SCREENSHOT 10) Set the non_negative_derivative argument to 1s.
This is related to the rate of the measurement – jiffies and HZ.
SCREENSHOT 11) Add a group by tag_instance to split the different tags in the graph.
There should be different lines for each tag – idle, interrupt, nice, softirq, steal, system, user and wait.
SCREENSHOT 12) To give pretty names to the tags in the graph’s legend add to the ALIAS a variable $tag_[tag_key] and in this case, the tag key is type_instance, so the variable will be $tag_type_instance.
There is an important variable “$__interval“, which may be edited and set to the rate of the original data (if applicable, not really for the cpu usage) or left as is to be computed each time based on the selected time frame of the graph (6 hours for this example). There is a spike after 12:30. Hovering the mouse over the lines in the graph it will appear a tooltip with the values for the current time.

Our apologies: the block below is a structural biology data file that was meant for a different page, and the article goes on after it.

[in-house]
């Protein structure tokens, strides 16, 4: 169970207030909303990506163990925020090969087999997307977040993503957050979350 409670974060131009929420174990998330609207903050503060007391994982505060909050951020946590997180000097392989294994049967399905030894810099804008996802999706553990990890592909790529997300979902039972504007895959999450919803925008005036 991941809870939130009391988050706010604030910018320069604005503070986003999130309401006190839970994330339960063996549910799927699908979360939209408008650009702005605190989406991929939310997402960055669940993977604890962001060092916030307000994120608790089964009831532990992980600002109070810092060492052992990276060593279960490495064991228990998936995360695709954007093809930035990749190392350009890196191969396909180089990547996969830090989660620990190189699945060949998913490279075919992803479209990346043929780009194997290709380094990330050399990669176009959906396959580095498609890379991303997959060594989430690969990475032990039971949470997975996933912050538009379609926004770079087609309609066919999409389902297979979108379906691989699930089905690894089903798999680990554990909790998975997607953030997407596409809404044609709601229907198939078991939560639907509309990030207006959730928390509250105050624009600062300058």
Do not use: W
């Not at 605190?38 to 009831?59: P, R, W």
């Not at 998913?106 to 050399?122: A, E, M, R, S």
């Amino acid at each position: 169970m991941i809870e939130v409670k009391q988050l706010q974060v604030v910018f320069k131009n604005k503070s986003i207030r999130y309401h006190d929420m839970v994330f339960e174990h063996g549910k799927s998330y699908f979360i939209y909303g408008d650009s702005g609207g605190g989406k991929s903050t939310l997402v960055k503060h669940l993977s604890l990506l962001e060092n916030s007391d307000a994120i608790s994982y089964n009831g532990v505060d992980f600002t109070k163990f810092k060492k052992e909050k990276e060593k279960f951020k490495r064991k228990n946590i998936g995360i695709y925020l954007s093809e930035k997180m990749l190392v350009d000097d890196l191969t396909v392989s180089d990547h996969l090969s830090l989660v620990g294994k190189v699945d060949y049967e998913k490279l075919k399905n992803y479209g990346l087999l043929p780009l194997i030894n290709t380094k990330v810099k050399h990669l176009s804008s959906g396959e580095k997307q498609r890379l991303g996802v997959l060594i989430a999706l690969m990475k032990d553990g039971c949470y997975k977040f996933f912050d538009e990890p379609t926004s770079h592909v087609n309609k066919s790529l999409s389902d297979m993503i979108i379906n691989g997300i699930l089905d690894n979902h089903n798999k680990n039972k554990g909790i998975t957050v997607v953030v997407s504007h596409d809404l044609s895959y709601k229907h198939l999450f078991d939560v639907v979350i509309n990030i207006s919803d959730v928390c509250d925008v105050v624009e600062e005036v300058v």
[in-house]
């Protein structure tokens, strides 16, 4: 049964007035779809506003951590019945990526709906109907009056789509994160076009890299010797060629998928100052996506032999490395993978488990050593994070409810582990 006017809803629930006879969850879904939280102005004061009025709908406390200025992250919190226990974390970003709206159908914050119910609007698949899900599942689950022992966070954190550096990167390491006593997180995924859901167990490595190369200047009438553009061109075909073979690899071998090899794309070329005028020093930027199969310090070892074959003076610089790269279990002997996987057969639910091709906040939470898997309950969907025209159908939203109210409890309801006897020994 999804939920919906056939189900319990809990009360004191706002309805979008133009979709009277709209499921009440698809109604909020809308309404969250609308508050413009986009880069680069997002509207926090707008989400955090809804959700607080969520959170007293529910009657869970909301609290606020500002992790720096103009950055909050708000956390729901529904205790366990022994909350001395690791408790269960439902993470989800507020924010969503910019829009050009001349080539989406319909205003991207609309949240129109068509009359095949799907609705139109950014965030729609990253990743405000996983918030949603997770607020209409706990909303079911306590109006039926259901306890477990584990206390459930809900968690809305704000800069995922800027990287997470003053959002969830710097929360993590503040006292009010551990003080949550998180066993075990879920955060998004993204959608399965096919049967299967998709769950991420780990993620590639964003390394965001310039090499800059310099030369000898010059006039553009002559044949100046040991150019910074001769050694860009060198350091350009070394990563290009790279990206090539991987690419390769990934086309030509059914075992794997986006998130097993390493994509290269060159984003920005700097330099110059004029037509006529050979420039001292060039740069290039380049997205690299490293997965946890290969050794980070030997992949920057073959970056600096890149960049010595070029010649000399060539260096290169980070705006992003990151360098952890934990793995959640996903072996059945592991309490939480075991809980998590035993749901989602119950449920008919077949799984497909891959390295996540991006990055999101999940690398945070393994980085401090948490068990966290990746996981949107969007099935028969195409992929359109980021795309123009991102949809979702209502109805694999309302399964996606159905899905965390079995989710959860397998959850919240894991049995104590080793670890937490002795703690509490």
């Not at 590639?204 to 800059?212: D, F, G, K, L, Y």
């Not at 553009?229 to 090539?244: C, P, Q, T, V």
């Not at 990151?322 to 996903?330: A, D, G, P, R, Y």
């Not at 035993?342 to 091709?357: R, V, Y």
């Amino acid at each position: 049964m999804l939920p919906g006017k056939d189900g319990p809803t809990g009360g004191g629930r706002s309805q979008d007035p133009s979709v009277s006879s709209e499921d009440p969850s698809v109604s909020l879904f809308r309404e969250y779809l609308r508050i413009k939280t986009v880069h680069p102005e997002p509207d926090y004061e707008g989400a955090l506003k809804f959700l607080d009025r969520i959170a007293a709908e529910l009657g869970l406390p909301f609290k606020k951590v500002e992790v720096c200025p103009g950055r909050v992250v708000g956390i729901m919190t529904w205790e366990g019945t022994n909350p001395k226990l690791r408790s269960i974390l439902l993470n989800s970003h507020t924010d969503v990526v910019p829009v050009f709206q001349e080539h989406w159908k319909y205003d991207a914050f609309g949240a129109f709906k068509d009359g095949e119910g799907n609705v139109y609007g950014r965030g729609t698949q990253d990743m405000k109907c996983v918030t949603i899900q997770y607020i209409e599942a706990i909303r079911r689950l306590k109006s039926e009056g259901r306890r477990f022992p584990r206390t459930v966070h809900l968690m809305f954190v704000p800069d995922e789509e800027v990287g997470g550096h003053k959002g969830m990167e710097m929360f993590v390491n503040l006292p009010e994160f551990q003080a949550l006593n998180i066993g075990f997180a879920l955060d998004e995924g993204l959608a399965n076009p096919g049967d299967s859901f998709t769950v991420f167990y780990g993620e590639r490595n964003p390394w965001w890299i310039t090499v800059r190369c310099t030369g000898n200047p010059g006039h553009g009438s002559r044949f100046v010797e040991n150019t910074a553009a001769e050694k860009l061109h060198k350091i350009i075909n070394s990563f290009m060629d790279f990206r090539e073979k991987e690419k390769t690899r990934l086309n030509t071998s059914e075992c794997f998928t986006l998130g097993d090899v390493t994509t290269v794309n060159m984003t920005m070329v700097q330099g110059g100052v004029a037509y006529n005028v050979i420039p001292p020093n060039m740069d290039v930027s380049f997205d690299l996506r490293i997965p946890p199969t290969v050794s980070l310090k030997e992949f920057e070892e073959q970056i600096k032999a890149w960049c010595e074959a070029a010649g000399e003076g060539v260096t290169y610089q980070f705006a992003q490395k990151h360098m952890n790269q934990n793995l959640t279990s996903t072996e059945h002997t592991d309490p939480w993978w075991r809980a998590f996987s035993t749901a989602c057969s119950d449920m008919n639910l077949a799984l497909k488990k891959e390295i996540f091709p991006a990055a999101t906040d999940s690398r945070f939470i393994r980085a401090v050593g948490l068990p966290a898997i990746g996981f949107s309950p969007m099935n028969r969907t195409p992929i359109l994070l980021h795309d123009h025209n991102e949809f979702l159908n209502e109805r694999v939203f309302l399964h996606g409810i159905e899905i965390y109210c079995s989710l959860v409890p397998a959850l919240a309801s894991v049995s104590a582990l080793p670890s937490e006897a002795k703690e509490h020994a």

SCREENSHOT 13) Set the graph title to the right where is the graph options.
The query is ready and several graph options follow.
SCREENSHOT 14) Set the “Tooltip mode” to “All” to show all the queries’ results for a given time in the tooltip.
SCREENSHOT 15) Select the legend type “Table” for better visibility.
Scroll down if needed.
SCREENSHOT 16) Add additional values in the legend for the measurements like the current value of the measurements and so on.
Add “Last*” and select another values.
SCREENSHOT 17) 4 calculations are selected to be shown in the graph legend – Last, Mean, Min, Max.
These 4 calculations are meaningful for the current measurement – CPU usage. There are many more in the drop-down list.
SCREENSHOT 18) Scrow down to the Graphs styles sub-menu and chose “Always” for the “Connect null values”
If there are some missing values there won’t be gaps in the graphs.